Plains is a small town where the industry has all but dried up. About 1,200 people still live there though, I suppose out of habit or because it is beautiful. Many people heat their homes with wood stoves and the average household income is around $26,000 a year.

God often does the most incredible things in the most unlikely of places.
This was the second time I have been to "Church on the Move" in Plains. It is an amazing church. If you want a model of what a church should be to its community this is it. They have a soup kitchen where they provide two meals a week to those who need the food or fellowship; a clothing ministry which provides, among other items, much needed winter coats to families; and a wood ministry which provides wood to people who can't get it themselves or buy it. Even if you can afford to buy wood, finding someone to buy it from can be a challenge.

I really feel fortunate to be a part of this ministry for even a weekend. We helped them with the wood ministry. Some stayed and split wood with the hydraulic log splitters, and some went to the mountains to log. Scott, Dan, and I were with one of the logging teams. We went with a few members of the church, chopped down dead trees, skidded them onto the road, cut them into 18" rounds, and loaded it all into the truck and trailer. We collected four and a half cords.

Dan and I rode up with Ken. Like many people on staff in the church, he has an incredible story. He had, by many standards, a perfect life in Hawaii: Surfing, building hot rods, and flying to the mainland for a weekend whenever he wanted to go snowboarding. Then one day, just over a year ago, after visiting Plains, God gave him and his wife the message that is where he wanted them to be. They sold their stuff, and moved to Plains.

You might not expect something like visiting a small town in Montana to be anything like a foreign mission, but it really is. This church is meeting the needs of its community, and God is working in some really big ways there. I'm excited to see what happens. God often does the most incredible things in the most unlikely of places. Thanks Ken, B.K., Pastor Jim, the cooks, and everyone else who showed us such hospitality and gave me so much inspiration to really love those around me.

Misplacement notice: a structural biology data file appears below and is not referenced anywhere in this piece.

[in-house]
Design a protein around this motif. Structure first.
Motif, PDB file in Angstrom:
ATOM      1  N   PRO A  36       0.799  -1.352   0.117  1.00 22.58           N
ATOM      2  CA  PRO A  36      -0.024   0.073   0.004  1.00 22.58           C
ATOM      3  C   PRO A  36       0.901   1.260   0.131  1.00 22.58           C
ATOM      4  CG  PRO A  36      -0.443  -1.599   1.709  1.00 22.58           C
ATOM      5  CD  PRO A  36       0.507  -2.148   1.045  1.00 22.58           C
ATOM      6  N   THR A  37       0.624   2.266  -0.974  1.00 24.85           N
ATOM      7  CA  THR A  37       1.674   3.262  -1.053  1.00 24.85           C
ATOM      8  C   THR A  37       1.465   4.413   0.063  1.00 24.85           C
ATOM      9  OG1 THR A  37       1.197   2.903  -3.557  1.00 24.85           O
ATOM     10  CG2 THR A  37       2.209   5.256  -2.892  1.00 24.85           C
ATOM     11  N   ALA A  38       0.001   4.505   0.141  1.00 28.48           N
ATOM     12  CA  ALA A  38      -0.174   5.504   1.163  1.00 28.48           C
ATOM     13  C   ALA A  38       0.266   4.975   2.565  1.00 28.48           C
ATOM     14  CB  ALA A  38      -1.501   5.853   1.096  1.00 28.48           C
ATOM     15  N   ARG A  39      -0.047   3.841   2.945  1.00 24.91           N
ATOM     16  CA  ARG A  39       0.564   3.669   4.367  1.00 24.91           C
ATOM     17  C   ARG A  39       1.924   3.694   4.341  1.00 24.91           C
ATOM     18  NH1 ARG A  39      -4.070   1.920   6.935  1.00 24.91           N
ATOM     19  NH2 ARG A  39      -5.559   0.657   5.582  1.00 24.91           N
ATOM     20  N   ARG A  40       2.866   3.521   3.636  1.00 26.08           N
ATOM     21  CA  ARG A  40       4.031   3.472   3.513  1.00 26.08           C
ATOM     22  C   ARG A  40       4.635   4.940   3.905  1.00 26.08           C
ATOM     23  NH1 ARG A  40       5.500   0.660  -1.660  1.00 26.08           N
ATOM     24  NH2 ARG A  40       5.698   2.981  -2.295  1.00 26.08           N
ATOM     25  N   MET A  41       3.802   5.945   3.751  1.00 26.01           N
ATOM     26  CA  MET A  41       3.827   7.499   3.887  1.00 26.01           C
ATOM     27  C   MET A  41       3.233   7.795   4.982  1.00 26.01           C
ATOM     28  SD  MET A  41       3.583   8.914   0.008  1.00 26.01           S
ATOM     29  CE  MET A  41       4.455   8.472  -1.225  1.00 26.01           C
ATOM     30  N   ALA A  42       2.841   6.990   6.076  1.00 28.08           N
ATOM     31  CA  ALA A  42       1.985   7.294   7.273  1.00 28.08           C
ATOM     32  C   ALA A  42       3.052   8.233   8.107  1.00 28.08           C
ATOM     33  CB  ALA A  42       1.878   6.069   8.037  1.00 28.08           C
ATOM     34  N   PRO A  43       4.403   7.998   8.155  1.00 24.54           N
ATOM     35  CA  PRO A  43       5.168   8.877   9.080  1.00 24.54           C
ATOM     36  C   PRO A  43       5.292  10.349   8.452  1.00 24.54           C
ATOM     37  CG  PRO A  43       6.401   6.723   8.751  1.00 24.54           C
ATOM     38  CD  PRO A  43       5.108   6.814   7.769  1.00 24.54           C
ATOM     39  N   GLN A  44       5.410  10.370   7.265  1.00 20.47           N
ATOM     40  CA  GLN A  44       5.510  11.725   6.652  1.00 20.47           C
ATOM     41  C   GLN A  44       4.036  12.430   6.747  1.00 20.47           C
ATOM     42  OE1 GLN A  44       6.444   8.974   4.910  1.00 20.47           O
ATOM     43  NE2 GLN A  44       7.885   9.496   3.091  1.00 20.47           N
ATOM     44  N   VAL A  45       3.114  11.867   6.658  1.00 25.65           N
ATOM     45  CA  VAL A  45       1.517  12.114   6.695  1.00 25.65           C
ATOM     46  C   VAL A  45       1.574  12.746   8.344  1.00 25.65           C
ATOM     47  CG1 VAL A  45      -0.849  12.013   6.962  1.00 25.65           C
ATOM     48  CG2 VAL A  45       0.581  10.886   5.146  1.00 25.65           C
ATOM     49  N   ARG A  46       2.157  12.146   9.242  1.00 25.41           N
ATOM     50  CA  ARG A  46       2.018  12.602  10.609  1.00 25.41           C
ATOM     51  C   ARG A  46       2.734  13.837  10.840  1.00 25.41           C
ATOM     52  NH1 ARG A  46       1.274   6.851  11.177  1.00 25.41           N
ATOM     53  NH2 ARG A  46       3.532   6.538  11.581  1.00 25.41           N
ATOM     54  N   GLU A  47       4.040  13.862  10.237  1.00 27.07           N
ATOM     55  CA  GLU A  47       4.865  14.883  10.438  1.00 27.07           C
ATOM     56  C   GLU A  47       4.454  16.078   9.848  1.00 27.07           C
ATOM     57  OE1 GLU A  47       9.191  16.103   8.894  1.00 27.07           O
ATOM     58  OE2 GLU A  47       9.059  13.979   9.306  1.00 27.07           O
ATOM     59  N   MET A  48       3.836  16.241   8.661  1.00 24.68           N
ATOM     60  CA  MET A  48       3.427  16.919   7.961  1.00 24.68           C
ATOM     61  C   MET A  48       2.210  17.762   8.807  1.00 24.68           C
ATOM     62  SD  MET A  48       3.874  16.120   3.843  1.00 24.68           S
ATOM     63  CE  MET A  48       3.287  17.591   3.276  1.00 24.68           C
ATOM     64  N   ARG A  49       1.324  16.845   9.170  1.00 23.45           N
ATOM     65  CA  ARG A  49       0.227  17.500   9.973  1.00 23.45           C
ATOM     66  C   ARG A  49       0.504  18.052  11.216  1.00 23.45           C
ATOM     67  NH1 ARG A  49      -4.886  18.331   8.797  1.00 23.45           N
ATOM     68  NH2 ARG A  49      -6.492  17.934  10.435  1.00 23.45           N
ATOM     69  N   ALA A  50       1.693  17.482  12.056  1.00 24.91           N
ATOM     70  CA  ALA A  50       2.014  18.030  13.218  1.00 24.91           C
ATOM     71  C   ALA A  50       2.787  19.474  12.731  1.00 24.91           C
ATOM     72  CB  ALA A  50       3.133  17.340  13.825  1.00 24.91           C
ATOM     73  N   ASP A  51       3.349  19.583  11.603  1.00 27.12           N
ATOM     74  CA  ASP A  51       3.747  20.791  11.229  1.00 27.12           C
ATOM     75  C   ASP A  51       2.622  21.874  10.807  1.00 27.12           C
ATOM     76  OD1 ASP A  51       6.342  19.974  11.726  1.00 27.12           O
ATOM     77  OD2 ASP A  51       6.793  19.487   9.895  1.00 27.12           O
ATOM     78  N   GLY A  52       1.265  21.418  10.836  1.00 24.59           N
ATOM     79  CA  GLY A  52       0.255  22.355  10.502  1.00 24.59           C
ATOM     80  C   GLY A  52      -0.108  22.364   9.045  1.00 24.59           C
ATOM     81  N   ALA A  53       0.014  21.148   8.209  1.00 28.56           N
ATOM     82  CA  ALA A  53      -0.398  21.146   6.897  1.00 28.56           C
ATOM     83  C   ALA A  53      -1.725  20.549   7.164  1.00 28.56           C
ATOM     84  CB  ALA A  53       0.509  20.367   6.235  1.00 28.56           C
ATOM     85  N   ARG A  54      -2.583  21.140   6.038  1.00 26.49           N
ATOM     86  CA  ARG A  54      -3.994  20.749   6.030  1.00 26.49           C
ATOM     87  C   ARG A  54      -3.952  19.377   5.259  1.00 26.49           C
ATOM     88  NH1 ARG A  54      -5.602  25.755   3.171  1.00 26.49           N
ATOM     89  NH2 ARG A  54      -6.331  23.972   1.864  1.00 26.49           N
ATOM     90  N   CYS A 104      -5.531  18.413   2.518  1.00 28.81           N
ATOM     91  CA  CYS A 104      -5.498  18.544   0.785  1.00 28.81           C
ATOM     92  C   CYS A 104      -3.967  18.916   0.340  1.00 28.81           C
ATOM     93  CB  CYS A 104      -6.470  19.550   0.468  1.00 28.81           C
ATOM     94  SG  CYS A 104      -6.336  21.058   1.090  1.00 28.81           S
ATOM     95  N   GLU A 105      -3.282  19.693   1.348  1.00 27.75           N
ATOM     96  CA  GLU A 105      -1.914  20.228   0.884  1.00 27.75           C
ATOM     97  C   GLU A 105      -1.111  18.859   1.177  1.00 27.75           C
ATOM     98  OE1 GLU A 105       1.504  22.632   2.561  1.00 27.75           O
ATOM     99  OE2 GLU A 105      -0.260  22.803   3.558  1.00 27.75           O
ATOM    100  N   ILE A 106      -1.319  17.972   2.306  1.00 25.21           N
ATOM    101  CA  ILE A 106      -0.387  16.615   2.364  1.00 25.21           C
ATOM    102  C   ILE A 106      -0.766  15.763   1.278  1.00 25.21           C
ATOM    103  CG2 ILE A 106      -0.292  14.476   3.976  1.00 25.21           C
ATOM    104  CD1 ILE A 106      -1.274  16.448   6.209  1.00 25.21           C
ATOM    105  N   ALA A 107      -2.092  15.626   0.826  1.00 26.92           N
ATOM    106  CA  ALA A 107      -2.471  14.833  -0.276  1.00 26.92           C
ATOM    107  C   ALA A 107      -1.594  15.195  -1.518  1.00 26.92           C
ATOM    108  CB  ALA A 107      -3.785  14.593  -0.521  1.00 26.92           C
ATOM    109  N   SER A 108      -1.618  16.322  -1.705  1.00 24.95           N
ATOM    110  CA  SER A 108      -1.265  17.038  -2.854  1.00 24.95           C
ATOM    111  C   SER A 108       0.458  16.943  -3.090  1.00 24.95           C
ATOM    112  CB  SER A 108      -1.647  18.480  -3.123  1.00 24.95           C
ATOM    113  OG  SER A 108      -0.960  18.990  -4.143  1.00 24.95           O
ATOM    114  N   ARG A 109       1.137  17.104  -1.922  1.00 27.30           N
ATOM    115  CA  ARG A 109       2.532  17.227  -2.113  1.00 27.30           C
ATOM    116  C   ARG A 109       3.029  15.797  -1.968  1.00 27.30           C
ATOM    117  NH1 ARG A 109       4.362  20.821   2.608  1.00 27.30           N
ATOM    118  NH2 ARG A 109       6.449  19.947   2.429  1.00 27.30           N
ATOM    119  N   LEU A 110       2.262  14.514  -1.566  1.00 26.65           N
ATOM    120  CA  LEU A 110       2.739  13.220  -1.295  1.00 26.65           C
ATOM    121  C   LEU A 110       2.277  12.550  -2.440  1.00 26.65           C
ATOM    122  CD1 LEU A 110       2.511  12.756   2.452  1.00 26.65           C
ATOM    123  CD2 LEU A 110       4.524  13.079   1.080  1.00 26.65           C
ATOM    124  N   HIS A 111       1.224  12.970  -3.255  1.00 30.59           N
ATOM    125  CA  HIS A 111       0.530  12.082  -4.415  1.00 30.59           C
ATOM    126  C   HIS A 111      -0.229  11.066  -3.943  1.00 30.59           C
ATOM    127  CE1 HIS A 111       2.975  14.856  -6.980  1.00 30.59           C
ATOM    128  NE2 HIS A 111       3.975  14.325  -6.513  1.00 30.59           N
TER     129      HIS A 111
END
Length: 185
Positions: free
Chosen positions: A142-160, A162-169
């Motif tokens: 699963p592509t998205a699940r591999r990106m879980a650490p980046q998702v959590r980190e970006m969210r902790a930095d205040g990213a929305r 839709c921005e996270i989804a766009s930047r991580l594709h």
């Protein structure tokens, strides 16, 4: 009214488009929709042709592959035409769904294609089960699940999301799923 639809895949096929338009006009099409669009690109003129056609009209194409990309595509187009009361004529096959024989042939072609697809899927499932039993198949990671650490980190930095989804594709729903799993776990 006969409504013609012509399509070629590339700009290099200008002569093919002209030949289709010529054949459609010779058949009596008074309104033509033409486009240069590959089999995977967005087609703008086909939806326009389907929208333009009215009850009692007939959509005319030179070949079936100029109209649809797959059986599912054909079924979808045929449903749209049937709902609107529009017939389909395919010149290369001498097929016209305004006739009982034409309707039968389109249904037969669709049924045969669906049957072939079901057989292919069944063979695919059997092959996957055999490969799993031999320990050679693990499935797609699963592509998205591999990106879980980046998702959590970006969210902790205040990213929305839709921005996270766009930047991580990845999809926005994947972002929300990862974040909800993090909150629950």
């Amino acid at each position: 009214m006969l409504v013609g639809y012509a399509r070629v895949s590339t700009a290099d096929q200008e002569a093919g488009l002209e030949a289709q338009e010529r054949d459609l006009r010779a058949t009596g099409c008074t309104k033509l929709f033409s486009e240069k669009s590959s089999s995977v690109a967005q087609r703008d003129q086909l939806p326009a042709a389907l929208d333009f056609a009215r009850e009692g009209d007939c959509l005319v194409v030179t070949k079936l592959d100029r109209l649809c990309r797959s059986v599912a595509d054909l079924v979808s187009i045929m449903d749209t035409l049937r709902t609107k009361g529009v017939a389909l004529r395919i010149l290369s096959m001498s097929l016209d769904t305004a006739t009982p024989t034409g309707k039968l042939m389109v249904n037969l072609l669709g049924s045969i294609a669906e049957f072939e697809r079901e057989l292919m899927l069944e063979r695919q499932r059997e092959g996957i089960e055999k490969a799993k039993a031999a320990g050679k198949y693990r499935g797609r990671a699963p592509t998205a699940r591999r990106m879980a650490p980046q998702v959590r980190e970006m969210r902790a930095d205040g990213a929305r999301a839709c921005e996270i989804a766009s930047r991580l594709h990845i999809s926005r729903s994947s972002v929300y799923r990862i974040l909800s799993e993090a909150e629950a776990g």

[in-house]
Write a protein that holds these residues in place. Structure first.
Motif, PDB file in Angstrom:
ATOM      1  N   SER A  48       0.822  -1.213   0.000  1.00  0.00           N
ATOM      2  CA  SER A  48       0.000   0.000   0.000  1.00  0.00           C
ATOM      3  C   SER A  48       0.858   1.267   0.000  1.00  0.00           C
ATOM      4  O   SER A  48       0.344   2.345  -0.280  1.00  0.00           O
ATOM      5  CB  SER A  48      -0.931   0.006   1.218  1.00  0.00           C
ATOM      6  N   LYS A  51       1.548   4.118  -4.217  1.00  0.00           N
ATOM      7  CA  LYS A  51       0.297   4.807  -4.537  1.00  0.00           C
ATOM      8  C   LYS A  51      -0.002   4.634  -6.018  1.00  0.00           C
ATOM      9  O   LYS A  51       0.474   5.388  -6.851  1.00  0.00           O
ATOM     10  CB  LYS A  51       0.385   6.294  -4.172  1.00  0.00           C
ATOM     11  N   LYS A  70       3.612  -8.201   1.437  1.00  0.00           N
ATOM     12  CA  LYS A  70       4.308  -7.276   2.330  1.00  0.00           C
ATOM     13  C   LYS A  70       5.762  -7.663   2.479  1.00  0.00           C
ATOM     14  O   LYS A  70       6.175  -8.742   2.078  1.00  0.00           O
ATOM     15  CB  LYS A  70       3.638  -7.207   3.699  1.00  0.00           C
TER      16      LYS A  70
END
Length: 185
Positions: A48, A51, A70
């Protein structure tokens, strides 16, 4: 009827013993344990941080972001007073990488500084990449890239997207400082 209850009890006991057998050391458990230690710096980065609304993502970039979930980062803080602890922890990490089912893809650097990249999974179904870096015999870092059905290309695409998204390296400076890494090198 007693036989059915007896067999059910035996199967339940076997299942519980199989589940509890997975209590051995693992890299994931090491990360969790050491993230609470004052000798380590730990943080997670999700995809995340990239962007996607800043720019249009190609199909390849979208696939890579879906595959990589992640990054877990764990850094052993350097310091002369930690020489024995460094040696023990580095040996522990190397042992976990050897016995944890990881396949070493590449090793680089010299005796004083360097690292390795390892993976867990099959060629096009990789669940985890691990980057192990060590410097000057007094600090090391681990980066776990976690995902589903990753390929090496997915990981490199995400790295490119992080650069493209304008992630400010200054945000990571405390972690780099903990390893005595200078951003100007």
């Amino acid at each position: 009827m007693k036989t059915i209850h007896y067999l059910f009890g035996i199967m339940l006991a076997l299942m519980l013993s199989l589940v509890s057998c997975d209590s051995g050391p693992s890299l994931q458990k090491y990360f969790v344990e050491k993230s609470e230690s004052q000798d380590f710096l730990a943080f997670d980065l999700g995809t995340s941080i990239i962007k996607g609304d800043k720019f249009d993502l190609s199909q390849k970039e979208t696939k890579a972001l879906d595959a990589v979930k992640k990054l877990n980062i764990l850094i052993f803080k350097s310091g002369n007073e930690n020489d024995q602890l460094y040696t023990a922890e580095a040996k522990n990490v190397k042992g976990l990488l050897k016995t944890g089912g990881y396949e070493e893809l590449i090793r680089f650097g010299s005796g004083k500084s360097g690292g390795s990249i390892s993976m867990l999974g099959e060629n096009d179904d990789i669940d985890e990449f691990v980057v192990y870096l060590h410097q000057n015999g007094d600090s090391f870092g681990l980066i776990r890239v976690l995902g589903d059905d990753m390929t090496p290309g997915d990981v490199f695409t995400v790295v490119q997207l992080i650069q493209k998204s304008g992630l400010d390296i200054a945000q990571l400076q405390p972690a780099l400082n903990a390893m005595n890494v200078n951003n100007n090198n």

Hey, I realize it's been a little while, so here's an update for the weekend. Friday I spent the evening over at the Chi Alpha Guys' house helping build the float for the homecoming parade on Saturday. It turned out really great. We took my old convertible horse trailer, and converted it into a pirate ship. Zach built a platform on top of it which served as a deck. It was raised up enough to provide sitting space in the below deck area and windows out on each side. We installed a trap door to get down there. On the front of the ship we screwed on a plank for people to walk. It went out of the ship and over the back of the truck pulling it. In the bed of the truck we laid down a mattress for a soft landing. When Zach or I would walk the plank during the parade, Peter, dressed as a shark, would attack us upon falling into the truck. The crowds loved it.

Saturday night, Shannon and I went to Serenity which Orson Scott Card has called the best sci-fi movie, ever. I really enjoyed it, and so did Shannon. It is pretty surprising that it is only being shown at the Village 6, and the theater was only about a quarter full. There hasn't been much hype for it, but there has been a lot of buzz on the geek side of the net.

I hear it is snowing in Bozeman where my sister lives. I bet we'll see snow here in Missoula soon too. Actually we can already see it in the mountains. I hope it will be a good snowboard season this year.